Long term update: Getting to know the neighbours
What a beautiful building and fabulous view. I’m sat in the grounds of a windmill, set high on Mont De Watten – and I’m only 50 miles into my little French adventure. I’d been planning a solo trip to the continent but didn’t want to venture too far on my first attempt. So armed with a map and a loose route I booked my tunnel crossing, packed my tankbag and headed south to Ashford for the night before embarking on my crossing.
I’ve been enjoying riding the Striple, but not as much as I’d hoped, as the bike is sportier than I’m used to and I’ve been putting myself under too much pressure by feeling I should be riding it in a certain way. I’m hoping spending some time riding alone will allow me to relax and just enjoy myself.
Following a seasickness-inducing ferry crossing a few years ago, I always use the tunnel. Not only is it a smoother option, but it’s also a more sociable way to travel – I like the way fellow bikers always strike up conversation, comparing bikes and discussing planned trips. Plus it’s quick, as it’s only 35 minutes from departure to seeing your first ‘keep right’ sign.
The area surrounding Calais is one I’ve passed through many times; it’s the place you usually zoom through without a thought for what’s around it. However, this time I decided it would be a good place to explore for my first solo continental jaunt. After a couple of junctions on the motorway, I headed to the coast road which sadly turned out to be very industrial. For a while I thought about switching routes, but stuck with it to Dunkirk before heading inland towards Bergues, a beautiful walled town where I stopped for a snack.
The beauty of travelling solo is that if you see somewhere you want to stop you can just stop and not worry about anyone else. You can pull over, ride four times round the perimeter of the McDonald’s car park before finding the entrance and have nothing to apologise for or anyone to demonstrate your slow riding ‘skills’ to!
I used the stop to see where I actually was, because my ‘Ali-Nav’ (a map and scribbled notes in the clear pocket of the tankbag) was slightly skew-wiff and I wasn’t 100% sure I was on the right road. Thankfully it turned out I wasn’t far adrift and after a pit stop I headed west along the D110 where the Triumph handled beautifully on the route’s open sweeping bends.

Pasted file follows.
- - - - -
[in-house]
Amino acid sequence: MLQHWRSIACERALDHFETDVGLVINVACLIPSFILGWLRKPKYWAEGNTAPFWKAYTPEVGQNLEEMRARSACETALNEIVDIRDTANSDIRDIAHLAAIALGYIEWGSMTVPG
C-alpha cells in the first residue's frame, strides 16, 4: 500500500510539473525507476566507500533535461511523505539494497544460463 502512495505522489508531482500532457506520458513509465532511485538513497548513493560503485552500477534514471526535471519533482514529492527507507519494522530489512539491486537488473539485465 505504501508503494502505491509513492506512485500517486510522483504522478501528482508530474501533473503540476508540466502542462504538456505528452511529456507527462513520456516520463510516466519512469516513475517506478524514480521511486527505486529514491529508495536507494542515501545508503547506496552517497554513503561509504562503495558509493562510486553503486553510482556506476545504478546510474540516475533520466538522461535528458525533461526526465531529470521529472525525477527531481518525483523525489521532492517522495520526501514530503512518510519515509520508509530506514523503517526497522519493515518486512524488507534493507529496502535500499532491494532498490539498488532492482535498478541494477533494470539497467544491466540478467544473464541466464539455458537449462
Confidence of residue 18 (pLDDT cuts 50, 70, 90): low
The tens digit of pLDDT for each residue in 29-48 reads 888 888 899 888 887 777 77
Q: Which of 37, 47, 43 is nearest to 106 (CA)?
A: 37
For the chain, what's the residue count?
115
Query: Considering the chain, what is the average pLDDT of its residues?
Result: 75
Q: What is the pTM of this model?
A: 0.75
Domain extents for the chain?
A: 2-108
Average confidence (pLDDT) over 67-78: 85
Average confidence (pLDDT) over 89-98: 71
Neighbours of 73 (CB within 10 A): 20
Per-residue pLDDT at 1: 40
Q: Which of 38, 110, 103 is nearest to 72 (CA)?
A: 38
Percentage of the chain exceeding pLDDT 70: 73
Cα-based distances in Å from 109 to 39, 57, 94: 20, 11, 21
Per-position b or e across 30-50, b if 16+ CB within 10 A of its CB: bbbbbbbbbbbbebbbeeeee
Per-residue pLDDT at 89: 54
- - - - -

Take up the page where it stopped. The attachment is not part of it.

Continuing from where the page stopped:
The roads were almost deserted, the only other traffic I encountered were slow-moving tractors, all of which I nipped by easily. I was thoroughly enjoying my day and all too soon arrived at my overnight stop.
I’d booked a swish hotel in Le Touquet Paris Plage, home of the famous beach race and a lovely place to sample a bucket of mussels and glass of rosé. The waiter must’ve thought me a little odd as I spent my evening with my map and notebook, planning the following day’s ride.
Day two was planned as an amble back to the tunnel, so I picked the D940, an undulating road littered with historical monuments which hugs the coast all the way to Calais. Disappointingly my amble was slightly ruined by the volume of traffic, as some of the towns were terribly congested. I’d forgotten to put my earplugs in and hadn’t realised how loud the Arrow pipe I’ve had fitted is. With the baffle out it’s bordering on offensive and gentle use of the throttle was in order as I queued through the narrow streets of Wimereux.
I’d been keeping tabs of my journey information on the trip computer and when the fuel light flashed on I thought I’d easily reach the petrol station at the Cité Europe near the tunnel. With hindsight I wished I’d filled up at one of the villages I’d ridden through on the way as it turns out the fuel station is the most complicated place to find, buried deep in the heart of a multi-storey car park. But I made it and still had time to make my crossing.
All in all I’d had a great couple of days, covered nearly 500 miles on a mixture of roads, eaten some great food, spoken to some interesting people and most importantly grown to love the Street Triple just that little bit more. Right, where next?